Colchester lends support to food bank during pandemic challenges

TRURO – The past two years have been very trying for the Colchester Food Bank, but as is usually the case in a crisis, the community continued to respond. The Truro-based food bank saw

“There has been a steady increase since the start of the year,” said board chair Vera Faye Smith. “There was an end to the COVID benefits, and since Christmas there has been a steady increase in the price of food. Now, instead of caring about food, they care about fuel. We see new visitors almost every day.

Smith said Feed Nova Scotia statistics show that food bank use across Nova Scotia is up 7% since January, “and I think we’re seeing those numbers as well.”

Despite the challenges posed by the pandemic, including masking and social distancing, the food bank has managed to stay open for the past 24 months. Smith said adhering to COVID protocols and maintaining a cohesive work bubble has allowed the organization to continue serving its customers.

Dwayne Vidito makes butter for customers at the Colchester Food Bank as executive director Darlene De Adder looks on. Darrell Cole – Darrell Cole

“We have an incredible volunteer core group,” Smith said. “They continue to come every Monday, Wednesday and Friday since March 2020.”

The group opened up to more volunteers last November and December, but with the Omicron variant late last fall, they decided to reduce the number of volunteers in their core group. Now that the restrictions have been lifted with the end of the province’s state of emergency, they are slowly letting more customers into the building and welcoming more volunteers.

Smith said the organization has been supported throughout the pandemic by a group of special angels. Members of Immanuel Baptist Church have been working during the pandemic to make deliveries on Wednesdays and Fridays.

“People with mobility issues, without transport and, more recently, those isolated due to Omicron, have been very grateful for this service,” she said. “The Knights of Columbus and other organizations have also been very helpful in assisting us in this worthwhile effort.

Additionally, the Immaculate Conception Catholic Church, through its Kane’s Kitchen, donated 50 meals a week to the food bank for distribution to its customers. These meals include a main course, a roll and a dessert.

Smith said the food bank has always been financially supported by the community, which was very important during the COVID-19 pandemic, with the support for its two fall fundraisers last year described as incredible.

“Even before the pandemic, we had great partnerships and had tremendous community support,” said chief executive Darlene De Adder. “Things are normal at the start of the year, but people have been very consistent in supporting us.”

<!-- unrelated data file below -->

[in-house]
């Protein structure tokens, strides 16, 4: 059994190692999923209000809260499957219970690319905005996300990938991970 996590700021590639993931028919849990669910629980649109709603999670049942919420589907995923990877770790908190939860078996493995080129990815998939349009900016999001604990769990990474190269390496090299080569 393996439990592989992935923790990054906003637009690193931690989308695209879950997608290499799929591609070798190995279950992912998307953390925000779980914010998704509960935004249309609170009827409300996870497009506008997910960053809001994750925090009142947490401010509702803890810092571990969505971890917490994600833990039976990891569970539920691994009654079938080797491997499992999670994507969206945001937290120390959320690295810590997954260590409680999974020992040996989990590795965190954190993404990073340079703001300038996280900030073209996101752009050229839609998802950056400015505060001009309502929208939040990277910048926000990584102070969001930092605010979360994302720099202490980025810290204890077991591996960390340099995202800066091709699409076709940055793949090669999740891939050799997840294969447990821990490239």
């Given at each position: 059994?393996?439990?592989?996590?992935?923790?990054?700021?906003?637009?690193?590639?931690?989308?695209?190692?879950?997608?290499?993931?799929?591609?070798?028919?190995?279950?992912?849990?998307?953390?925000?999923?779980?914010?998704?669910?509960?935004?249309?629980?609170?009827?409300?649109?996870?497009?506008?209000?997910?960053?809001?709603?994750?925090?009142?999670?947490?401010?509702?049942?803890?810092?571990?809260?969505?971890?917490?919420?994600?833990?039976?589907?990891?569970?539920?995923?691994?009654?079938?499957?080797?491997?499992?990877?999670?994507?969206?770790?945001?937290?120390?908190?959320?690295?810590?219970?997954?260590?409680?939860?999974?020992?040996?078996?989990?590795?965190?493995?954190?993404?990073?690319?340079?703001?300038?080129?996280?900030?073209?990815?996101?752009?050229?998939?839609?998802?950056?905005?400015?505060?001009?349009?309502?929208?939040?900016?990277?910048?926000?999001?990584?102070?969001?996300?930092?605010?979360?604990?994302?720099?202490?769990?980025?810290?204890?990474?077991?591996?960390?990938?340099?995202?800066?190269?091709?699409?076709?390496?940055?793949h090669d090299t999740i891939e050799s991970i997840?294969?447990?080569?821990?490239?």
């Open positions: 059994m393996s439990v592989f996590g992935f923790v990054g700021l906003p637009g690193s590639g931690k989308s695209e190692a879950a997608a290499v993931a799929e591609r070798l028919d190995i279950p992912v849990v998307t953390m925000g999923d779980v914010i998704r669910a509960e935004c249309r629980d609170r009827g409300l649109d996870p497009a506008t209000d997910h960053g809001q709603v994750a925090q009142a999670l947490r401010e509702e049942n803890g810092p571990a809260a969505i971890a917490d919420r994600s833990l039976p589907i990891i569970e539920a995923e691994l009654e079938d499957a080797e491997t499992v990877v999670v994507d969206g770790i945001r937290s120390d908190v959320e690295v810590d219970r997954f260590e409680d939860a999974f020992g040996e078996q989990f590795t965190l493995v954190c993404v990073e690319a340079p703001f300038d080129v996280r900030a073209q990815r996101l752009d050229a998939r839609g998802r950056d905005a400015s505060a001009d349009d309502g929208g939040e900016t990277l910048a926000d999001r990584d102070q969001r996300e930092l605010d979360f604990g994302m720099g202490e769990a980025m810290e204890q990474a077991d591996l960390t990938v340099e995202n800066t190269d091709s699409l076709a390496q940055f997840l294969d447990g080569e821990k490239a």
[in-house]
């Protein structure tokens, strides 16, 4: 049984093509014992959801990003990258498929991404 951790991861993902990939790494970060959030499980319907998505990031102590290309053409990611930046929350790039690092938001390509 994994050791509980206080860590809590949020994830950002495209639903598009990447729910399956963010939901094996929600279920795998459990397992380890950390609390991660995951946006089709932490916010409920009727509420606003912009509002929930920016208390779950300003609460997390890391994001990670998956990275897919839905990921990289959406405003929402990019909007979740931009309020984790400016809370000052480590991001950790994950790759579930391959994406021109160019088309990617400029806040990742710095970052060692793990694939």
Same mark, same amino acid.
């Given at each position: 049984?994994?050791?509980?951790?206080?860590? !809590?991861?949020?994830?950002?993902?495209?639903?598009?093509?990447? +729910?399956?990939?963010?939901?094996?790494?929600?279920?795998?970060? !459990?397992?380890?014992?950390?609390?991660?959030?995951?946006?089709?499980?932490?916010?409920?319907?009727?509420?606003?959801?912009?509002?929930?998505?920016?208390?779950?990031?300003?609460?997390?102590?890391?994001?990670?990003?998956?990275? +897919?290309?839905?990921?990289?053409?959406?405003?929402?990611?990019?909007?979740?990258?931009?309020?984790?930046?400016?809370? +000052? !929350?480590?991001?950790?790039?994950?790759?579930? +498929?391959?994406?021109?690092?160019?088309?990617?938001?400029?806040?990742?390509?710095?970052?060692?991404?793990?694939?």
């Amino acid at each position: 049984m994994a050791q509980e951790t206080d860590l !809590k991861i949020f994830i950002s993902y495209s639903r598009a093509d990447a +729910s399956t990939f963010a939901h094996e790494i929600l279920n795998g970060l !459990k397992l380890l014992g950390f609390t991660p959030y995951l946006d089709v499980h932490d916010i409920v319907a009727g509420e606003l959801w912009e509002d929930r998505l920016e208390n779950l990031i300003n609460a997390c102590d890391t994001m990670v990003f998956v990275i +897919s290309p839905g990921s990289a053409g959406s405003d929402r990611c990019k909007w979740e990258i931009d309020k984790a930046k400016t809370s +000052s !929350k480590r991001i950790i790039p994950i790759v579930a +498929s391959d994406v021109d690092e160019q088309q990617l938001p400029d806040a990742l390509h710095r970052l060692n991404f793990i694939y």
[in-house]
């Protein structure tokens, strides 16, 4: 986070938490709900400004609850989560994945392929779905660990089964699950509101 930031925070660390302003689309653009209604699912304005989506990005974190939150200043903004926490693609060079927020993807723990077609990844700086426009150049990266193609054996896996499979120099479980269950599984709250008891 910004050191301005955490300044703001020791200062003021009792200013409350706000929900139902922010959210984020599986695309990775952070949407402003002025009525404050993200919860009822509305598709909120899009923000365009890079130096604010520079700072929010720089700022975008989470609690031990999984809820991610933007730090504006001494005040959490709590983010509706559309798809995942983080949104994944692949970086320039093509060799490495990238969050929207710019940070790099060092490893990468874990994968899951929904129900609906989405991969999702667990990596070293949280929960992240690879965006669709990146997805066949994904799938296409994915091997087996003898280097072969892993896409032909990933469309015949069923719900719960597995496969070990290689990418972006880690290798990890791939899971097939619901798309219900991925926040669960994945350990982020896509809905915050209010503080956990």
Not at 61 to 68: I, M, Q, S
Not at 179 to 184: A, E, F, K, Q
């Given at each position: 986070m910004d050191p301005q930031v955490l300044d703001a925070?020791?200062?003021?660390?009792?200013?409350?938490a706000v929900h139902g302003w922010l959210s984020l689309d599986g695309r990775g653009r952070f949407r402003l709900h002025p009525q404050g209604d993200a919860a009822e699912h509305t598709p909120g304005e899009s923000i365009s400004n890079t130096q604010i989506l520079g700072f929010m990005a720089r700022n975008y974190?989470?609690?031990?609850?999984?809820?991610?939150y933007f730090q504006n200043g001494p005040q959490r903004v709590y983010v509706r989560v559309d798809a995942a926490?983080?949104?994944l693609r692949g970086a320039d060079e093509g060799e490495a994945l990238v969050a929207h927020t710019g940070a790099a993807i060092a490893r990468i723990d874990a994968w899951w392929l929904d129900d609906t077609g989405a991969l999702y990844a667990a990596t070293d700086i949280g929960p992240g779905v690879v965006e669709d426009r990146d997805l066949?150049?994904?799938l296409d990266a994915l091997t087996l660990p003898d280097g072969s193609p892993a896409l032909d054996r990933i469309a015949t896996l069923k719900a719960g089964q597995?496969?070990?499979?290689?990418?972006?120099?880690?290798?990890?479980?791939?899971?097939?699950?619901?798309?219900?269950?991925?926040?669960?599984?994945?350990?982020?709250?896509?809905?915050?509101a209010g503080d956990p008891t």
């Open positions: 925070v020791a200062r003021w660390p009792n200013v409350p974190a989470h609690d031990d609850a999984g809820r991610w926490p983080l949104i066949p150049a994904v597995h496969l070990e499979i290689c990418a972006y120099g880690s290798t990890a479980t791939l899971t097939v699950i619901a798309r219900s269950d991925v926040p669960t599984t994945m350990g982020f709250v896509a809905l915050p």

The current shelter serves 45-50 households each day of service. That’s 140 to 150 homes every week and people come from all over Colchester County.

Colchester Food Bank Board Chair Vera Faye Smith (left) and Executive Director Darlene De Adder say the organization has had incredible community support throughout the COVID-19 pandemic 19.  Darrell Cole - Darrell Cole
Colchester Food Bank Board Chair Vera Faye Smith (left) and Executive Director Darlene De Adder say the organization has had incredible community support throughout the COVID-19 pandemic 19. Darrell Cole – Darrell Cole

“We’re noticing a lot of new families coming through the doors,” De Adder said. “We notice it almost every day. There are a lot of families who are really struggling to make ends meet. People lost their jobs during COVID and they saw the cost of important things like food, heat and gas go up more and more.

“People see what is happening in Ukraine and we still have COVID and we see the price of gas going up. It’s only going to get worse. The next few months are going to be very interesting in how it affects people.

In addition, several federal grants to alleviate food insecurity have gone through Food Banks Canada.

“These grants allowed us to supplement our regular orders with items such as school snack bags, diabetic foods, gluten-free items, diapers and wipes,” Smith said. “It’s all expensive, and customers who need it are so grateful that we’ve been able to meet those needs for the past two years.”

Food bank customers have several ongoing needs, including reusable shopping bags, cereal, canned fruit, canned milk, and canned meat.

The North Shore Clothing Bank in Tatamagouche is run by a board member and has remained open throughout the pandemic, with only two brief closures. Additionally, the food bank received funding to implement programs through its shared kitchen.

Its facilitator, Ashley Swan, is working on a grant from Community Foundations of Canada to create programs and services to meet the ongoing needs arising from the pandemic.

The Healthy Communities Initiative has identified families throughout Colchester County who are food insecure. De Adder said more than 700 meal kits have been distributed in recent months.

Each kit contains all the ingredients and recipes needed to prepare a complete family meal.

“Every step towards reducing food insecurity is a success,” said De Adder.

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